In COVID-19 survivors, subsequent vaccination tied to half the risk of reinfection
Completion of a primary COVID-19 vaccination series after recovery from infection was tied to half the risk of reinfection in the pre-Omicron variant era, according to a study published today in JAMA Network Open.
Brown University researchers led the retrospective study of statewide disease-surveillance data on more than 95,000 COVID-19 survivors—including long-term congregate-care (LTCC) residents and workers—in Rhode Island from Mar 1, 2020, to Dec 9, 2021. The survivors were aged 12 and older, and were unvaccinated at the time they tested positive for COVID-19. The main outcome was reinfection at least 90 days after the first positive test.
Receipt of two doses of an mRNA COVID-19 vaccine or one dose of a viral-vector vaccine was linked to protection against reinfection of 49% (95% confidence interval [CI], 27% to 65%) among 3,124 LTCC residents, 47% (95% CI, 19% to 65%) among 2,877 LTCC employees, and 62% (95% CI, 56% to 68%) in 94,516 members of the general population during periods dominated by the wild-type, Alpha, and Delta SARS-CoV-2 strains.
The odds of reinfection at 9 months among participants who remained unvaccinated after COVID-19 recovery were 13.0% (95% CI, 12.0% to 14.0%) among LTCC residents, 10.0% (95% CI, 8.8% to 11.5%) among LTCC workers, and 1.9% (95% CI, 1.8% to 2.0%) in the general population, after adjusting for confounding factors and varying infection rates over time.
The study authors said the results can inform COVID-19 vaccination guidelines, especially those relating to LTCC residents and staff. "Individuals who have recovered from COVID-19 and remain unvaccinated should be encouraged to complete vaccinations, as they are eligible, to reduce their risk of reinfection," they wrote.
Jul 27 JAMA Netw Open study
Study: Very short antibiotic course effective in pneumonia patients with normal oxygen levels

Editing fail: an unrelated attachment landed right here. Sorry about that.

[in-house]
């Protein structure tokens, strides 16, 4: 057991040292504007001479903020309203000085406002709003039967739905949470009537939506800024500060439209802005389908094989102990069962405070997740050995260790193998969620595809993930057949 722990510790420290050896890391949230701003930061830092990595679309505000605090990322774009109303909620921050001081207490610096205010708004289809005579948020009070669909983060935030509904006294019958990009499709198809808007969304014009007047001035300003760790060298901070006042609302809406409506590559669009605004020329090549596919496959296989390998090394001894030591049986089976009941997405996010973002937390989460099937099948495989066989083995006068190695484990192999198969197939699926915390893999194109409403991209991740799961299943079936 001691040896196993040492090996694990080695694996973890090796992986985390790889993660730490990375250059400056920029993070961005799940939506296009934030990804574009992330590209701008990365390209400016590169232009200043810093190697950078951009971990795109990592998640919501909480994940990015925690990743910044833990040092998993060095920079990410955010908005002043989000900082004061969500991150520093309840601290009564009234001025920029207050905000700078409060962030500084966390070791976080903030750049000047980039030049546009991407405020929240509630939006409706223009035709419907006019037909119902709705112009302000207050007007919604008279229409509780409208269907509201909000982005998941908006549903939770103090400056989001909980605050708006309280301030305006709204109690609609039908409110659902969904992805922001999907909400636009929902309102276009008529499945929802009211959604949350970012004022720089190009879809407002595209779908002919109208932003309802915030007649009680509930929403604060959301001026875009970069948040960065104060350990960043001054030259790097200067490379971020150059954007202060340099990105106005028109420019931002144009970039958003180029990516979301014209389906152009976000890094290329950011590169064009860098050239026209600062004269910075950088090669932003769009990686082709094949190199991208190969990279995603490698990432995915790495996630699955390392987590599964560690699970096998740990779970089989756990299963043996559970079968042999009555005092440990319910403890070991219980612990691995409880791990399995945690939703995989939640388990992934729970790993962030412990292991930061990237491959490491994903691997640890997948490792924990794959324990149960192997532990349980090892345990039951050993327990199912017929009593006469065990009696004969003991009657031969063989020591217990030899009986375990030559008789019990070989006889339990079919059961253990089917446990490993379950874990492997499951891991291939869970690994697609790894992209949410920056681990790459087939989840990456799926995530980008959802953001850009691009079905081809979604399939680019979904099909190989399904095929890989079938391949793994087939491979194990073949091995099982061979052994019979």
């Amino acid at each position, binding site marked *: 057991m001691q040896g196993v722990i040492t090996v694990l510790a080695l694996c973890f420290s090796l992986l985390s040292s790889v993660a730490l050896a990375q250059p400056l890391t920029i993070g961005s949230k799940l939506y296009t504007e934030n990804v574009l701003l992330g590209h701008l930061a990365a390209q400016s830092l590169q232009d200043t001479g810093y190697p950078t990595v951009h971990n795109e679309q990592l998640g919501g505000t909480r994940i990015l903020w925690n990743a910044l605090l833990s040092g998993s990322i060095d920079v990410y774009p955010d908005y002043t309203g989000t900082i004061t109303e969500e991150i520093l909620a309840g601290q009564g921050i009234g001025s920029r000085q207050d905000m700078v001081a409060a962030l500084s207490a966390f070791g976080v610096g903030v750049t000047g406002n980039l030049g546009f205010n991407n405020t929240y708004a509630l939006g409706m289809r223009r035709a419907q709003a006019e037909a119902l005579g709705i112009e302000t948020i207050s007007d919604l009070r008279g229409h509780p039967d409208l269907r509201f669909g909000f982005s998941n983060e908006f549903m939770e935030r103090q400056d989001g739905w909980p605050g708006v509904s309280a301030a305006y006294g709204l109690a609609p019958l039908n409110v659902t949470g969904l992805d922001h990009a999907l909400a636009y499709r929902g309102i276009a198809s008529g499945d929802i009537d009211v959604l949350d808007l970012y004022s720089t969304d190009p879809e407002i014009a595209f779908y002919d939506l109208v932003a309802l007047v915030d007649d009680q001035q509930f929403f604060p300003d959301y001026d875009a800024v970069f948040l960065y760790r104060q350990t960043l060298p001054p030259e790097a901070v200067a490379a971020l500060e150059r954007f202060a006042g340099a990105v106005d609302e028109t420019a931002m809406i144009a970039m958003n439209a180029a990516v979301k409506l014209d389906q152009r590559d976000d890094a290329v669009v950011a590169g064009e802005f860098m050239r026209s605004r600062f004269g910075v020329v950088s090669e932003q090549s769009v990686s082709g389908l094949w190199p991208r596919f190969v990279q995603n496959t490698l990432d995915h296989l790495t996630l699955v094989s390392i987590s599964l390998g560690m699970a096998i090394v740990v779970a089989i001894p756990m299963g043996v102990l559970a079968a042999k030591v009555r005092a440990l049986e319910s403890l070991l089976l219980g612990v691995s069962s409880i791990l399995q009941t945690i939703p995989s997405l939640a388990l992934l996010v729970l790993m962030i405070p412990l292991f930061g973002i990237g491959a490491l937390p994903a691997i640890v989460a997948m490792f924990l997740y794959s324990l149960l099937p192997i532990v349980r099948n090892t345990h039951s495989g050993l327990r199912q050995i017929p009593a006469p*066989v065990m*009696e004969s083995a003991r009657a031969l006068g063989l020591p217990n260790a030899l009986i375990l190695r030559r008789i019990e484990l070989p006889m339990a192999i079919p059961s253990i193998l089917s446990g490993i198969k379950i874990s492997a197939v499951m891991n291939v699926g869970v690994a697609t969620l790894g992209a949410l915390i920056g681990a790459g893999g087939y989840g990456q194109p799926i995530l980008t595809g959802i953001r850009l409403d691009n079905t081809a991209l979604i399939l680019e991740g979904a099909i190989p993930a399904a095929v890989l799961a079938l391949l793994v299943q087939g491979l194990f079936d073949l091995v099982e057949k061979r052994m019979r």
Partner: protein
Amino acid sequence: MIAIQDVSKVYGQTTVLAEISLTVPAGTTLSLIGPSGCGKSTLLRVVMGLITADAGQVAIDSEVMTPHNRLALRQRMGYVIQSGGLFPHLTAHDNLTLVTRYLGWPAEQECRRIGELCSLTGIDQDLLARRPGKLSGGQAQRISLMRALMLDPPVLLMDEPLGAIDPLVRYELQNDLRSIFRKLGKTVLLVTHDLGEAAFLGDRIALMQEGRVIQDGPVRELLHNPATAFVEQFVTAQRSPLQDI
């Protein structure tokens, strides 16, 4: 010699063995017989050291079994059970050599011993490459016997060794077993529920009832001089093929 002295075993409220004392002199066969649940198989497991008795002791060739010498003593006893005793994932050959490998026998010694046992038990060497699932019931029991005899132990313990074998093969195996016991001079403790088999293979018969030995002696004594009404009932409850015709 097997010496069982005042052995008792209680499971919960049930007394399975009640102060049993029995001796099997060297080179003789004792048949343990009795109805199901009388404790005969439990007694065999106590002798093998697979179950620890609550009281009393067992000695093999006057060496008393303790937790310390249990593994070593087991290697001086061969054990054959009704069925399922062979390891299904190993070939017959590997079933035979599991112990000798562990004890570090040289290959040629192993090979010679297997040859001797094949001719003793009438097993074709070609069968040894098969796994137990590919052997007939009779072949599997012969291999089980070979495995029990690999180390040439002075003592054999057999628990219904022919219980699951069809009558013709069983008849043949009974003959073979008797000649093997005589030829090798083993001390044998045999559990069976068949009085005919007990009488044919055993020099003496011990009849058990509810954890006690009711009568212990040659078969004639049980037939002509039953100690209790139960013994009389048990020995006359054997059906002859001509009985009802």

A study of patients hospitalized with pneumonia found that among those with normal oxygenation levels, an ultra-short course of antibiotics appeared to be as safe and effective as the standard course, researchers reported today in Clinical Infectious Diseases.
In the study, a team led by researchers from Harvard Medical School conducted a retrospective analysis of patients treated with antibiotics for possible pneumonia at four hospitals in Massachusetts from May 2017 through February 2021. They focused on a subset of patients with oxygen saturation levels of 95% or higher, which is associated with a lower probability of true infection, then compared those treated with a very short course of antibiotics (1 to 2 days) with those who received a standard course (5 to 8 days). The primary outcomes were hospital mortality and time-to-discharge. Secondary outcomes included readmissions, 30-day mortality, Clostridioides difficile infections, 30-day hospital-free days, and antibiotic-free days.
Among 39,752 patients treated for possible pneumonia, 10,012 had median oxygen saturation levels of 95% or higher without supplemental oxygen. Of these patients, 2,239 who received 1 to 2 days of antibiotics were propensity matched to 2,239 who received 5 to 8 days. There were no statistically significant differences in hospital mortality between the two groups (2.1% for short course vs 2.8% for standard course; subdistribution hazard ratio [SHR], 0.75; 95% confidence interval [CI], 0.51 to 1.09), but patients treated with 1 to 2 days of antibiotics were discharged sooner (6.1 days vs 6.6 days; SHR, 1.13; 95% CI, 1.07 to 1.19) and had more 30-day hospital-free days (23.1 vs 22.7; mean difference, 0.44; 95% CI, 0.09 to 0.78).
There were no significant differences in 30-day readmissions (16.0% vs 15.8%; odds ratio [OR], 1.01; 95% CI, 0.86 to 1.19), 30-day mortality (4.6% vs 5.1%; OR, 0.91; 95% CI, 0.69 to 1.19), or 90-day C difficile infections (1.3% vs 0.8%; OR, 1.67; 95% CI, 0.94 to
"This analysis suggests a potentially powerful strategy to help clinicians to easily identify a subset of patients with possible pneumonia in whom early discontinuation of antibiotics may be safe," the study authors wrote. They suggest the strategy merits testing in prospective randomized trials.
Jul 27 Clin Infect Dis abstract
Two more Marburg infections reported from Ghana
Two more Marburg fever cases have been reported in Ghana's outbreak, a World Health Organization (WHO) official said at a briefing today.
Ghana is experiencing its first Marburg fever outbreak, and the new cases—the wife and child of the index case—lift the total to four. Ibrahima Soce Fall, MD, the WHO's assistant director-general for emergency, said the child died and was infected by his mother, not the index case. Three people have died in the outbreak.
Soce Fall said the outbreak response is challenging, because the mother is at a prayer camp and the response team is still working to isolate her. He also said that though case numbers are still low, three regions are affected.
So far, at least 118 contacts have been identified and more than 40 are still in the risk period, Soce Fall said.
The virus that causes Marburg fever, which is similar to Ebola, is transmitted from fruit bats to people and can spread among humans through contact with body fluids.
Jul 27 WHO briefing